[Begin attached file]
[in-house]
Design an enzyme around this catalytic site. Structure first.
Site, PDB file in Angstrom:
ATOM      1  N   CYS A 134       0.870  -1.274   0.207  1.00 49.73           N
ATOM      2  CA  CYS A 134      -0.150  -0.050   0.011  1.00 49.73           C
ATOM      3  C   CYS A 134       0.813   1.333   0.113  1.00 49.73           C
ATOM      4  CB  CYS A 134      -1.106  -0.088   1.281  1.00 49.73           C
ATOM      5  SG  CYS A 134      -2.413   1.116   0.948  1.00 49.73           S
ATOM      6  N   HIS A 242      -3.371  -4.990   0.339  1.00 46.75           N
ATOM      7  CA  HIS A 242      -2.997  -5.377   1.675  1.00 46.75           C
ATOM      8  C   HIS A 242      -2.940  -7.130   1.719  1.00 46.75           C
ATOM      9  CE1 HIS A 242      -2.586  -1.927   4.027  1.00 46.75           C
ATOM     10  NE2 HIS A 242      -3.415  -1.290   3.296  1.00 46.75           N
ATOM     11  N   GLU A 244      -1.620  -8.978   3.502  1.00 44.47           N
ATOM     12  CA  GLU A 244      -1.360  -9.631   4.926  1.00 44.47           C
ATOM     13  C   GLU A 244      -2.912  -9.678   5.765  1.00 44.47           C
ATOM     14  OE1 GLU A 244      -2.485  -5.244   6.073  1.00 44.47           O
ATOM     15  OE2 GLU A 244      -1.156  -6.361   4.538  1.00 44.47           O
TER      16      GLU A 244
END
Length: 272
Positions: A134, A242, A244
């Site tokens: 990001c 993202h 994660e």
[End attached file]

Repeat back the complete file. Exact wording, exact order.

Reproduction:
[in-house]
Design an enzyme around this catalytic site. Structure first.
Site, PDB file in Angstrom:
ATOM      1  N   CYS A 134       0.870  -1.274   0.207  1.00 49.73           N
ATOM      2  CA  CYS A 134      -0.150  -0.050   0.011  1.00 49.73           C
ATOM      3  C   CYS A 134       0.813   1.333   0.113  1.00 49.73           C
ATOM      4  CB  CYS A 134      -1.106  -0.088   1.281  1.00 49.73           C
ATOM      5  SG  CYS A 134      -2.413   1.116   0.948  1.00 49.73           S
ATOM      6  N   HIS A 242      -3.371  -4.990   0.339  1.00 46.75           N
ATOM      7  CA  HIS A 242      -2.997  -5.377   1.675  1.00 46.75           C
ATOM      8  C   HIS A 242      -2.940  -7.130   1.719  1.00 46.75           C
ATOM      9  CE1 HIS A 242      -2.586  -1.927   4.027  1.00 46.75           C
ATOM     10  NE2 HIS A 242      -3.415  -1.290   3.296  1.00 46.75           N
ATOM     11  N   GLU A 244      -1.620  -8.978   3.502  1.00 44.47           N
ATOM     12  CA  GLU A 244      -1.360  -9.631   4.926  1.00 44.47           C
ATOM     13  C   GLU A 244      -2.912  -9.678   5.765  1.00 44.47           C
ATOM     14  OE1 GLU A 244      -2.485  -5.244   6.073  1.00 44.47           O
ATOM     15  OE2 GLU A 244      -1.156  -6.361   4.538  1.00 44.47           O
TER      16      GLU A 244
END
Length: 272
Positions: A134, A242, A244
């Site tokens: 990001c 993202h 994660e």